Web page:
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Justice News

Department of Justice
U.S. Attorney’s Office
Middle District of Tennessee

FOR IMMEDIATE RELEASE
Tuesday, May 27, 2014

Overton County Man Pleads Guilty To Making Fake Driver Licenses To Facilitate Meth Production

Richard Earl Graybeal, 41, of Cookeville, Tenn., pleaded guilty on May 20, 2014, in U.S. District Court,  to producing false identification documents, announced David Rivera, U.S. Attorney for the Middle District of Tennessee.  Graybeal admitted that he had unlawfully manufactured Tennessee driver licenses and identification documents to facilitate the purchase of cold medications, which are commonly used in the production of methamphetamine. 

“The illicit production of Meth is a continuing problem in Middle Tennessee and we recognize the value of using all available resources to combat it, said U.S. Attorney David Rivera.  “That includes bringing federal criminal charges, when appropriate, including offenses that aid in the purchase of precursors necessary to produce it. The U.S. Attorney’s Office and our law enforcement partners will continue to direct the necessary resources to our communities where the manufacture of meth is epidemic.”

Testimony at the plea hearing established that Graybeal was placed on state probation in 2009 for promoting the manufacture of methamphetamine.  Graybeal’s probation officer, Overton County law enforcement officers and the Tennessee Highway Patrol received information that Graybeal was making identification documents in false names to use in purchasing cold medicines containing pseudoephedrine, a key ingredient necessary for manufacturing methamphetamine and which requires identification to purchase.  Officers conducted a search of Graybeal’s residence on August 17, 2012, and discovered more than 70 fake Tennessee driver licenses and state identification cards.  Also found, was computer equipment and materials used in manufacturing the false documents and paraphernalia used in the manufacture of methamphetamine. Several of the false licenses bore different names, but contained a photo of the same person.  Other documents bore Graybeal’s photo, but contained aliases.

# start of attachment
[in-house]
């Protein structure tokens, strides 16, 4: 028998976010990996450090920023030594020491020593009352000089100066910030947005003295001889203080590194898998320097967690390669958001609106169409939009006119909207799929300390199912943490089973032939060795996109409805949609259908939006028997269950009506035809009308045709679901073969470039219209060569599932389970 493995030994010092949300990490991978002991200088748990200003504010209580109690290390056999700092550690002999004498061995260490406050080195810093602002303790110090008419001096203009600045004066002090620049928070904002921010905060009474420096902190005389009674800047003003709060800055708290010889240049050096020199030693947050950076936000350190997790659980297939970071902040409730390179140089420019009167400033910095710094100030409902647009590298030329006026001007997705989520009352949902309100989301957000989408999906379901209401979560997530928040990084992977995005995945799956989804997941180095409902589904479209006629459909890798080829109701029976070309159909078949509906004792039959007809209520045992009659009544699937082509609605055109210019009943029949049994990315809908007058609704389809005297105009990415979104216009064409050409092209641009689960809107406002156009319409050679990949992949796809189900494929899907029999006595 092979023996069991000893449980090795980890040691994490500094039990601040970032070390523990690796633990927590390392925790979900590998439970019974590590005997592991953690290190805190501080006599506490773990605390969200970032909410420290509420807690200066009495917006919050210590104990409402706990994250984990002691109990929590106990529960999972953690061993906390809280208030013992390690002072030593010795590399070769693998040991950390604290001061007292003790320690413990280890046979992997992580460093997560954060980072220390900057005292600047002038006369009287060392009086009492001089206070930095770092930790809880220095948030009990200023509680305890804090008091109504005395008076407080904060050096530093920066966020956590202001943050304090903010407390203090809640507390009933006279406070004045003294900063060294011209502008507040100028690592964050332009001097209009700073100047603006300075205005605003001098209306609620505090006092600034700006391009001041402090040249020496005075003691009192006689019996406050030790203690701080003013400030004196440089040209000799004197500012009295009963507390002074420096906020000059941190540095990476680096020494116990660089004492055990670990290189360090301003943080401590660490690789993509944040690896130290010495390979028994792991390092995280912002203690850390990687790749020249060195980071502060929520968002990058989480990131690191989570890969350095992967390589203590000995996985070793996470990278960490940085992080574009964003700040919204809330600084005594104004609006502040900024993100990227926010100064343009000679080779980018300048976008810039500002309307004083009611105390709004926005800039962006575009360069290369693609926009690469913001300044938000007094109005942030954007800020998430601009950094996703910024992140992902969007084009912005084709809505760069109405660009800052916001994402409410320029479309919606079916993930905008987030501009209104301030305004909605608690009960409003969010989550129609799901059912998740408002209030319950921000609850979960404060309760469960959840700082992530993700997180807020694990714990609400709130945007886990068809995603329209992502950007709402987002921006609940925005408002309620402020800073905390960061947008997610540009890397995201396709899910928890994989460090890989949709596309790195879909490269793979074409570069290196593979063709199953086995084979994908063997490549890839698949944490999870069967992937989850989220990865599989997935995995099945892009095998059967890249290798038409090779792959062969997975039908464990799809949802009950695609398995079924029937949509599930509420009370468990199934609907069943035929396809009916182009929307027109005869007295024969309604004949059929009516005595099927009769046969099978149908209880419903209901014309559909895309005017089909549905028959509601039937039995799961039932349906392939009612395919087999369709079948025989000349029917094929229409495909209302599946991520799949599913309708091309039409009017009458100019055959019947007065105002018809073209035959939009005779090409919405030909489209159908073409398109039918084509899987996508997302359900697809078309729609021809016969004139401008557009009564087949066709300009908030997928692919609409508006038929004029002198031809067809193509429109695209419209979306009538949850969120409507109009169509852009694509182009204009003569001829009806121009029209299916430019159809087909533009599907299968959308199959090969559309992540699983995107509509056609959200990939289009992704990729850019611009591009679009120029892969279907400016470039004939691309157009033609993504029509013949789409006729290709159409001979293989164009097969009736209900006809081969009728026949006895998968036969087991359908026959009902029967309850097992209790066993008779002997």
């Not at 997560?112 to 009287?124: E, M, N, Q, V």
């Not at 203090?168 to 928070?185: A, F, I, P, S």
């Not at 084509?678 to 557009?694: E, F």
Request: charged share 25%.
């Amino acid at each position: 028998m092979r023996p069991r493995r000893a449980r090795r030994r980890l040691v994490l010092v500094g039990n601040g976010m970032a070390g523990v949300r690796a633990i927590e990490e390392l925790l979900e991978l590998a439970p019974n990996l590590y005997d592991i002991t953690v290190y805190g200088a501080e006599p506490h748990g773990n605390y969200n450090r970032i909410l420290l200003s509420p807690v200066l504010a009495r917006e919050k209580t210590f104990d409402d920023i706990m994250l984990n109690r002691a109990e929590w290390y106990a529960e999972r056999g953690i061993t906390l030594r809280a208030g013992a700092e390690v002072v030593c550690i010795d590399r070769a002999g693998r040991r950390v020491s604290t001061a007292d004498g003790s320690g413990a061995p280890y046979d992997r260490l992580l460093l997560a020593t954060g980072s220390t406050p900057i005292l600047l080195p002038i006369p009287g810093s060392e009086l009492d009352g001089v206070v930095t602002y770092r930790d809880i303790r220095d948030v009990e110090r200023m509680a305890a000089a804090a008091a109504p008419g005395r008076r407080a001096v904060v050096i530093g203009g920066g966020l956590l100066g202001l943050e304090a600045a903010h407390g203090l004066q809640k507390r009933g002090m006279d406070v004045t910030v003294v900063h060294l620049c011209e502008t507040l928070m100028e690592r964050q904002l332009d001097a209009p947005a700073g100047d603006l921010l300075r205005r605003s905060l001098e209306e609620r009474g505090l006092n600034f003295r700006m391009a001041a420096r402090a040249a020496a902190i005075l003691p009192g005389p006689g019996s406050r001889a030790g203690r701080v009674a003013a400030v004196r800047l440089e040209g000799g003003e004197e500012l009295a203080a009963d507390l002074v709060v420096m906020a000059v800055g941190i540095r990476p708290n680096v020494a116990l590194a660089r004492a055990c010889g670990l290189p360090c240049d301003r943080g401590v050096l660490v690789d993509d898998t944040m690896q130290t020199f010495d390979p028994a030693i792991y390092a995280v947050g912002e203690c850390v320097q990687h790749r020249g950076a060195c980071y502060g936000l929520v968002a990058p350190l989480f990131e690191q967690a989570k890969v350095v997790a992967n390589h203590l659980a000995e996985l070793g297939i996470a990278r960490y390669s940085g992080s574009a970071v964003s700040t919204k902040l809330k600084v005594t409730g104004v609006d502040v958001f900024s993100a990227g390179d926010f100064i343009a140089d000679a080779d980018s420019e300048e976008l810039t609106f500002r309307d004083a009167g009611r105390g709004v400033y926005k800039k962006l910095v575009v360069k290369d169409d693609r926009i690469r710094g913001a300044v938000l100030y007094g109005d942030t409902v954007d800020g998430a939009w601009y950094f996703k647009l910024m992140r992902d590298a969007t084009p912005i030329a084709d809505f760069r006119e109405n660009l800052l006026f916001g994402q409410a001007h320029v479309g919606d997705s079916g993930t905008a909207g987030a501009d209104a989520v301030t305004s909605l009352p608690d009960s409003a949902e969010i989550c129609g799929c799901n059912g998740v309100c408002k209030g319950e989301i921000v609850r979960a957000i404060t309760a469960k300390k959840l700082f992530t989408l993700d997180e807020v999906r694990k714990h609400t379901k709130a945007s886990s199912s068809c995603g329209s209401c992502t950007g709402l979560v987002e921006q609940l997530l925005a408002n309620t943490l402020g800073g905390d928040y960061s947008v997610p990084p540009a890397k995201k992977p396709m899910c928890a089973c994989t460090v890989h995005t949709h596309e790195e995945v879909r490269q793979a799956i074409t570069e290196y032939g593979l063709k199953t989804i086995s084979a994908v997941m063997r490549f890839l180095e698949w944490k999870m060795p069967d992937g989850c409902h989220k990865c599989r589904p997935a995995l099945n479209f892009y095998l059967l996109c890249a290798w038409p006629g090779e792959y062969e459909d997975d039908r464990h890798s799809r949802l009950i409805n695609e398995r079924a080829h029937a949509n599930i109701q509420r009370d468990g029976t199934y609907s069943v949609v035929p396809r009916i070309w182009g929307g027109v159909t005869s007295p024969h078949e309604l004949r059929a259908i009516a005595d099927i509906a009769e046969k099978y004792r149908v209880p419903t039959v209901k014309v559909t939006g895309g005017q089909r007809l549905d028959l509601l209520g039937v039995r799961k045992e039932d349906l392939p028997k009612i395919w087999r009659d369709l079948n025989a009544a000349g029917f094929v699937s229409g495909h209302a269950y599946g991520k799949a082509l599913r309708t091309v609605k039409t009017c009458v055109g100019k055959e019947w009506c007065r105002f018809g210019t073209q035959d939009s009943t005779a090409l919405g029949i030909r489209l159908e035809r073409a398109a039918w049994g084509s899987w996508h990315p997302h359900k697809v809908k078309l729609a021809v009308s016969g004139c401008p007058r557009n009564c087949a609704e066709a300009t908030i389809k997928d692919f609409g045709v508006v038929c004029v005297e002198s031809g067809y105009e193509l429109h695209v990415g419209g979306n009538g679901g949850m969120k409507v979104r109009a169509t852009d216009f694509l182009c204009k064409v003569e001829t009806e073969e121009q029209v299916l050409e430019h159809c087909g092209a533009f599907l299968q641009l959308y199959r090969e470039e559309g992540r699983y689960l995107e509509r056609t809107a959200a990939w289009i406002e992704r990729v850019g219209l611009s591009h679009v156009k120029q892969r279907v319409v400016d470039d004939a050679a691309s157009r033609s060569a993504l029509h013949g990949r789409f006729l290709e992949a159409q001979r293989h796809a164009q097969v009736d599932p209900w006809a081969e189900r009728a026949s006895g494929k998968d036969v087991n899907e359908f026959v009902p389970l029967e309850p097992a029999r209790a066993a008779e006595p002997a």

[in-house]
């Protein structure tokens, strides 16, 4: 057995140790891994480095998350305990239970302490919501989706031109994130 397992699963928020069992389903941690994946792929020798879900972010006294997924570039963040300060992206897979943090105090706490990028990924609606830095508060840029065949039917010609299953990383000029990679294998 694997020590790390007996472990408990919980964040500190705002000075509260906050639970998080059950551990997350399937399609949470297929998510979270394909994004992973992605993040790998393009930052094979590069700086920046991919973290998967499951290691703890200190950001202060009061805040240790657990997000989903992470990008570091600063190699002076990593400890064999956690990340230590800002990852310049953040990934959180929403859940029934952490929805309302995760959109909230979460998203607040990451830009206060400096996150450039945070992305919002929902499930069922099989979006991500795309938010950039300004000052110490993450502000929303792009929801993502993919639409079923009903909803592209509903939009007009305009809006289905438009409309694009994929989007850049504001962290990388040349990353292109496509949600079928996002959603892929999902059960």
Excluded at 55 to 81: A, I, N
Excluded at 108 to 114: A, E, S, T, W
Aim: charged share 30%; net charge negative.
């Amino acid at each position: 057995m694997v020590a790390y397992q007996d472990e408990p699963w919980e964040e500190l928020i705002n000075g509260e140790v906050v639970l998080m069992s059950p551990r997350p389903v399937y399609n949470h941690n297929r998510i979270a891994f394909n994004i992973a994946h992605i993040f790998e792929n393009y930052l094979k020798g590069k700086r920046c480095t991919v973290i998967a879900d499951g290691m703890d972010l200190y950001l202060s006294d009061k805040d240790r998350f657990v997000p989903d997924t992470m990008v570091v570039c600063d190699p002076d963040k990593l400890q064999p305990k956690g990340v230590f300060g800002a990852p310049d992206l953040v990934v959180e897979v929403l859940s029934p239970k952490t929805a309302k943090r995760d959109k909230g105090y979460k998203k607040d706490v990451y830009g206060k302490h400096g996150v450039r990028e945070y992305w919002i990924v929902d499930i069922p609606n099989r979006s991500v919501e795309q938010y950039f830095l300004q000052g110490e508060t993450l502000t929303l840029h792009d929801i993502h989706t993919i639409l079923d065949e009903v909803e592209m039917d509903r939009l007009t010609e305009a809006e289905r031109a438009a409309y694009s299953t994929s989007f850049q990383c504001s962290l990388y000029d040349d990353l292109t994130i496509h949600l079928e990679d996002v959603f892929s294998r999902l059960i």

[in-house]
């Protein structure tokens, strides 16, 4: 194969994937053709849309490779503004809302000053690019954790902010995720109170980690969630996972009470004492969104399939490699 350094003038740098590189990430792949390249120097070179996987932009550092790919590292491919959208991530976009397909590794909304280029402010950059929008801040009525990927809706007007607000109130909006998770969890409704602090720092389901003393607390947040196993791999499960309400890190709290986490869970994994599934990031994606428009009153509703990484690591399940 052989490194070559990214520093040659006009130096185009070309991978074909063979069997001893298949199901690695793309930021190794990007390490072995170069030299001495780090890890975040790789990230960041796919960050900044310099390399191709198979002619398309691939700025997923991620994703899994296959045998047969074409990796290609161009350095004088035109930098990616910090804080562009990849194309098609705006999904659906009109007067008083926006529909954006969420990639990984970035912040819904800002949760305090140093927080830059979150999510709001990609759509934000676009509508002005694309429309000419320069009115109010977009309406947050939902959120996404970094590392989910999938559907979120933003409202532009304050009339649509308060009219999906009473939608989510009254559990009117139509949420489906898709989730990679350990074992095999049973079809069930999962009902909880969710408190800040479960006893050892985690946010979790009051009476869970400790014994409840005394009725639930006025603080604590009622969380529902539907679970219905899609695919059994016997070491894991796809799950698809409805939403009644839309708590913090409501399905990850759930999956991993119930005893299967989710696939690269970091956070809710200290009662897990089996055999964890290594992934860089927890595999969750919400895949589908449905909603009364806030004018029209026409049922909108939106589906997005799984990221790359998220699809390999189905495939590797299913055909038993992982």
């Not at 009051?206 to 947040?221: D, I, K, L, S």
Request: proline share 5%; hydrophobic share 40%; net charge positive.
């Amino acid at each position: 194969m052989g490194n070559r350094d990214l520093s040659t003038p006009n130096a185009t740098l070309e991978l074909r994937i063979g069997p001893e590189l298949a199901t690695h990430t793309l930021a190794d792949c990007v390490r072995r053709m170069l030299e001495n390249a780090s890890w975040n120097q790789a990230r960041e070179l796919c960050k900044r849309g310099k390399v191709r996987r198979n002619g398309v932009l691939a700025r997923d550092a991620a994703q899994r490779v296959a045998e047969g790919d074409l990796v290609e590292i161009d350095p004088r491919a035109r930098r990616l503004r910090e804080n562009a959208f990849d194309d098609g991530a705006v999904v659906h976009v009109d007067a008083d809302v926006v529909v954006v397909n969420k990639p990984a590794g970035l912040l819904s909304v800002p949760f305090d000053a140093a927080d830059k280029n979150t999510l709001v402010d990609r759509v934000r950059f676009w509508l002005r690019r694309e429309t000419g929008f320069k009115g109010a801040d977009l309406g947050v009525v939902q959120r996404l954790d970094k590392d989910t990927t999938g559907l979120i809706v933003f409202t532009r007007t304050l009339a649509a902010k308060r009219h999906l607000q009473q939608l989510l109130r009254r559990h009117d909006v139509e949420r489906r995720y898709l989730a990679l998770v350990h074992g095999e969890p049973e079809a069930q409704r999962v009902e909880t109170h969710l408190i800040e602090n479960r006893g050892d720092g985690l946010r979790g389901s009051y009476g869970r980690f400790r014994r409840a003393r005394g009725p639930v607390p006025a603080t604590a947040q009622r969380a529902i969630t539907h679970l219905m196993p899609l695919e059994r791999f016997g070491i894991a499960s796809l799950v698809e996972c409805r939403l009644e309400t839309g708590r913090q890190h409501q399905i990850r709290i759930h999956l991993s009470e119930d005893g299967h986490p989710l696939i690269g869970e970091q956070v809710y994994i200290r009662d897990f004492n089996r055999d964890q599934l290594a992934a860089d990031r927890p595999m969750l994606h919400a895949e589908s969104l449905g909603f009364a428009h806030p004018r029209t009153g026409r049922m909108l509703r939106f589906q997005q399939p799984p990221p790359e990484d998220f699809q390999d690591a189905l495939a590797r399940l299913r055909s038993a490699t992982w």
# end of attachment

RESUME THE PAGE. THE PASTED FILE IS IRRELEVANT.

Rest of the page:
Subsequent investigation by the U.S. Secret Service confirmed that Graybeal had used one or more of these false licenses and identities to make purchases of cold medicine.
“The Secret Service believes in a partnership approach to law enforcement, especially when the resources of its participants can be combined to effectively and efficiently make a significant impact on crime in the communities where we live,” said Todd Hudson, the Special Agent in Charge of the Nashville Secret Service office.  “In this case, the Secret Service partnered with the Tennessee Highway Patrol and the Overton County Sheriff’s Office to suppress the use of false identification documents intended for use in drug-related activities.  It is evident that identity theft and other criminal activities are inter-connected with the potential to adversely affect our communities.  The Secret Service is committed to combating identity theft and will continue to work with our state and local partners to reduce this type of criminal activity.”  

Graybeal’s state probation was subsequently revoked and he is currently serving a state prison sentence for the previous methamphetamine charge. He will be sentenced in U.S. District court on August 21, 2014 and faces a maximum of 20 years in prison and a $250,000 fine. 

This case was investigated by the Overton County Sheriff’s Office, the Tennessee Highway Patrol and the U.S. Secret Service. The case was prosecuted by Assistant U.S. Attorney Hilliard Hester.

Updated March 19, 2015